Then there is the artist’s indefinable ability to ‘let be’, to let the spirit (inspiration) be present for the work to be alive. Our sense of whether the art is alive or has energy is engaged by the artist’s gesture to ‘let be’. This is where we glimpse the life, and the mystery of the work. A work of art is the inter-relatedness, interconnectedness of all of the above that transcends its individual parts. In core member art, what engages us deeply and intuitively, is not only the subject matter, colour or composition, although these are appealing, but it is the intensity and commitment of the gesture of the paint applied to a surface – the personality, nervousness of the line, the pressure with which the paint is applied.

This is not about the skill of technical ability. It is simply that the gesture is alive, and has ‘let be’ the energy of life. We respond in our physical body – we feel and intuit the gesture. It is a physical marking that communicates directly to our physical body the spirit and gift of life. Similarly but differently, in prayer – it is when the Holy Spirit intercedes for us, to the Spirit of God. When our body can only express itself with uninterruptible sounds – groans of pain, despair, loneliness that even we do not understand, but God does and we trust that God understands because of the Spirit’s promise to advocate for us.

We read in (Romans 8: 26 – 27) “The Spirit helps us in our weakness; for we do not know how to pray as we ought, but that very Spirit intercedes with sighs too deep for words”. The style or voice of an artist is the way an art medium is personally applied or manipulated – how we identify and recognize a Van Gogh, a Rembrandt, and differentiate between them. Core members, each have their own individual artistic style. This personal voice, this characteristic identity is a non-language that also communicates.

Similarly but differently, in prayer – it is a gift of the Spirit. When the body, silently or with sounds or gestures, conveys a personalized way of communicating with God that is unique to each of us. A personalized way of our inner self being bare, vulnerable and present before God. We read in (1Cor14: 2) ‘For he who speaks in an unknown tongue does not speak to men but to God, for no one understands him; however, in the spirit he speaks mysteries.’ The artist’s observation “will has nothing to do with it. I must let it happen” also describes our attitude approaching prayer and our desire to continue in prayer with an open heart.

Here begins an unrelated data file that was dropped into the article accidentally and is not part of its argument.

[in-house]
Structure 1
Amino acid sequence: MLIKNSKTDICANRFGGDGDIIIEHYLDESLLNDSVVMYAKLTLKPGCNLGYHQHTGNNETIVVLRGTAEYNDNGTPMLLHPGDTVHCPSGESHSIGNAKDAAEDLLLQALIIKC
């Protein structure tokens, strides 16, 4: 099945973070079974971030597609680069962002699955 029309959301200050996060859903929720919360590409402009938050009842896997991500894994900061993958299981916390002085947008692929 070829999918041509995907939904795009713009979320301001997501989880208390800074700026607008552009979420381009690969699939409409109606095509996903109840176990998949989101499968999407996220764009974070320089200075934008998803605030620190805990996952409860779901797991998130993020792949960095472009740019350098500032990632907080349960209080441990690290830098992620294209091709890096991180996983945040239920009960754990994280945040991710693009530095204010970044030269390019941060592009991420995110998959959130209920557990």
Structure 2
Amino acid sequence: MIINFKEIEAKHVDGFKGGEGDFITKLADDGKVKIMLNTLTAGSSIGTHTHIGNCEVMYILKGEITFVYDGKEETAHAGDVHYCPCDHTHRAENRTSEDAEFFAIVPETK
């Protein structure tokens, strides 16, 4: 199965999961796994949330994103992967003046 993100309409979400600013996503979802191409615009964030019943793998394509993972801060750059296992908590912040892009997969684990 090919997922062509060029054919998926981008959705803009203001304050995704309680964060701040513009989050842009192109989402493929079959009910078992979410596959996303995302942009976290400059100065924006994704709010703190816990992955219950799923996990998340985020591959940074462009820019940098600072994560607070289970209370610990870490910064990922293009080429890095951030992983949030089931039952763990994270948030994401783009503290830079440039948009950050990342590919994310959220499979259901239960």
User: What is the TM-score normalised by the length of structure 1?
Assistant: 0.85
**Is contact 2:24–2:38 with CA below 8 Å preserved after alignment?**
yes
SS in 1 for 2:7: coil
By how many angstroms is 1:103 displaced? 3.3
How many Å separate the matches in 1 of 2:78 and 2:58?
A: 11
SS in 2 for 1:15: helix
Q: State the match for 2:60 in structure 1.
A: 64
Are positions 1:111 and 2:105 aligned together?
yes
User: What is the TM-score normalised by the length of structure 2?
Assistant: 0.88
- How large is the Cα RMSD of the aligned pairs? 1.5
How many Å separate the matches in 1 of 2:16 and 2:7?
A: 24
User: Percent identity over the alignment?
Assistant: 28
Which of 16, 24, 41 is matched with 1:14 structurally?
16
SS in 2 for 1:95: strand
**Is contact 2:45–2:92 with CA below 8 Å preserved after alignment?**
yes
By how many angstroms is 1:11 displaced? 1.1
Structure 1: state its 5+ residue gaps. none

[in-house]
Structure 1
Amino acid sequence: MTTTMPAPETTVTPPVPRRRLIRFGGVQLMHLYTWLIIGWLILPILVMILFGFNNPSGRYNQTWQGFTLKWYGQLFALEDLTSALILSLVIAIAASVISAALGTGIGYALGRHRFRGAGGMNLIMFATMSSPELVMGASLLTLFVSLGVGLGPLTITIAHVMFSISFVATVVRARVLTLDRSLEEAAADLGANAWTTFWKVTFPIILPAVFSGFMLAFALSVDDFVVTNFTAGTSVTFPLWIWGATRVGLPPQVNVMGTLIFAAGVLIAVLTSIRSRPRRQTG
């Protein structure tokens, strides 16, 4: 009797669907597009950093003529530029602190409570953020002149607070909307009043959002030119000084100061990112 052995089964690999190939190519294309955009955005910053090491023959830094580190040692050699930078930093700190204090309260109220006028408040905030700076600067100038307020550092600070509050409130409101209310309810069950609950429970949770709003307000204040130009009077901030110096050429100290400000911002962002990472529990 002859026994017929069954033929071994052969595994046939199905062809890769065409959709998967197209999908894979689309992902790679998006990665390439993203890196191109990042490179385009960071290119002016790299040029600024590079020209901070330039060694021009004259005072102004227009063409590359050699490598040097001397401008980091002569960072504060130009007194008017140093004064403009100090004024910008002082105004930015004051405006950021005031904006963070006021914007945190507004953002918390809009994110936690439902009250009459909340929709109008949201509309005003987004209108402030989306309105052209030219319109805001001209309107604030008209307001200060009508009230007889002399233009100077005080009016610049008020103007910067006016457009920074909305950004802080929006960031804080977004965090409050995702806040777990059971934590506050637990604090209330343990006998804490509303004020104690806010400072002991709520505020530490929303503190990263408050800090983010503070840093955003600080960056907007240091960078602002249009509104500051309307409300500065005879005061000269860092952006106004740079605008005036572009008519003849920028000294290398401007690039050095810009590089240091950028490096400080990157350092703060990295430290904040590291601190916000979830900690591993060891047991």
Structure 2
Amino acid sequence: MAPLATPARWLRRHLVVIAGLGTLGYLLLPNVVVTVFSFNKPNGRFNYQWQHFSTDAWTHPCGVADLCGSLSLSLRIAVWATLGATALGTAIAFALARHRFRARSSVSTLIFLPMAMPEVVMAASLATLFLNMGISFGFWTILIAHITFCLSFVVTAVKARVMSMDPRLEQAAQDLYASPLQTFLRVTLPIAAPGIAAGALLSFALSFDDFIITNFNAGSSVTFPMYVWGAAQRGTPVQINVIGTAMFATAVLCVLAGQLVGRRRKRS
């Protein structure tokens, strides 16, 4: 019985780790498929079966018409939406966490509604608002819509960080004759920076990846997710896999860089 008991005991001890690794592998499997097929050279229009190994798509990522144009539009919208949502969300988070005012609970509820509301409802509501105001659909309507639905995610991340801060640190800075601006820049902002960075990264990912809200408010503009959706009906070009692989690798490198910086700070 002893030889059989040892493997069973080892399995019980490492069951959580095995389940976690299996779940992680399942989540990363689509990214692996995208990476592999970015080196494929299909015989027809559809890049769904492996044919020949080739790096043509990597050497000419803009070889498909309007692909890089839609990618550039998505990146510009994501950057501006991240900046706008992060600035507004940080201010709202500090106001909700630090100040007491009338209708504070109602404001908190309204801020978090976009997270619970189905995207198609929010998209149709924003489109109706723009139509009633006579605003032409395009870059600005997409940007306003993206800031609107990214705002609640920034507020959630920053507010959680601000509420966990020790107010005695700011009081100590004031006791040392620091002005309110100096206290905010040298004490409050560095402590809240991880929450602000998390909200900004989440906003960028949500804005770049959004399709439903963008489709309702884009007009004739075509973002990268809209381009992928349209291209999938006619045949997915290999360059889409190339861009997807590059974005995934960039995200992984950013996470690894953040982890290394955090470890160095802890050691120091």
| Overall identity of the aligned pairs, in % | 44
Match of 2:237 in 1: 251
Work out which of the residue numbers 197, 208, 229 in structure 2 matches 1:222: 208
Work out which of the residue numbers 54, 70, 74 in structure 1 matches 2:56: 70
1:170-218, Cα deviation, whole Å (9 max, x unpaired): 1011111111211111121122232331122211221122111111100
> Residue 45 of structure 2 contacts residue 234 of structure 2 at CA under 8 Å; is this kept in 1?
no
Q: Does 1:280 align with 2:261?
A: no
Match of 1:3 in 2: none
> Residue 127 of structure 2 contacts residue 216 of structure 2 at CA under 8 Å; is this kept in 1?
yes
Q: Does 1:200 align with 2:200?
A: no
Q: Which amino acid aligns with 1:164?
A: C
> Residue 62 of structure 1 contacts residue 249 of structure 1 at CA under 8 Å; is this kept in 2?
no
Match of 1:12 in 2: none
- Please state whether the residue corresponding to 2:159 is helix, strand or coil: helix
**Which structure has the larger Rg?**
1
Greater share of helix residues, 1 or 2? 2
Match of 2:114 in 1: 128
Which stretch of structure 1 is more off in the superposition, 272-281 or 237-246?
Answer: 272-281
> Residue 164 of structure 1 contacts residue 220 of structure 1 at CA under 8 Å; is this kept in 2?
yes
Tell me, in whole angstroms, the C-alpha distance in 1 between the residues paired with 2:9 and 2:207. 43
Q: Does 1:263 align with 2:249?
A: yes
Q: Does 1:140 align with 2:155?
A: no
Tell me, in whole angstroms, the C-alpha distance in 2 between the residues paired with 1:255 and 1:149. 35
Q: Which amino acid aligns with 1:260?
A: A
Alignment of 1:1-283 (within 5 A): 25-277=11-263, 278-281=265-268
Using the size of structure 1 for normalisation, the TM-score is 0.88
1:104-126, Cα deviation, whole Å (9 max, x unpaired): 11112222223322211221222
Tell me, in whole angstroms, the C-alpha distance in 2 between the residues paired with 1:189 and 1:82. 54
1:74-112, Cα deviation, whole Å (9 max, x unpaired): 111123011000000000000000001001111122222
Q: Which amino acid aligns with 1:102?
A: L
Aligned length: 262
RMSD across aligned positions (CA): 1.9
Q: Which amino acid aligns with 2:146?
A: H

The gestures in core member art display a freedom from striving, from ‘trying to make it happen’. They are gestures of gratitude and wonder – of being alive in the moment. In prayer we come before God ‘just as we are’ and we ‘let be’ whatever the truth of that moment is for us– joy, sadness, grief, doubt etc. In this creative silence,’ just as we are’ with open hearts, we listen with our spiritual ears, and see with our spiritual eyes ‘the rhythm of the deepest reality’ of God’s infinite unconditional love for each of us as beloved. To be loved and to love – that is what we ‘let be’ in our prayers.

Core member art reminds us that the gesture of ‘letting be’ ourselves – this point of vulnerability in prayer is beyond words, beyond physical and intellectual abilities, beyond good works. It is a process of vulnerability and trusting in God’s love. Wisdom icons invite us to contemplate these visual gestures that have at their heart the gift of life, the gift of the beloved and the way of vulnerability ‘to let be’ as a relationship of love with God. The gift of this art is to deepen the mystery of God’s love – the mystery, the wonder that at the point of complete vulnerability before and in God’s love, we are only capable of love, given and received.

“I pray that these icons will imprint themselves upon your heart and strengthen the awareness of God’s magnificent and loving presence in your life. May they become faithful guides on your journey and vital sources of lasting joy and peace.” (Henri Nouwen, Behold the Beauty of the Lord)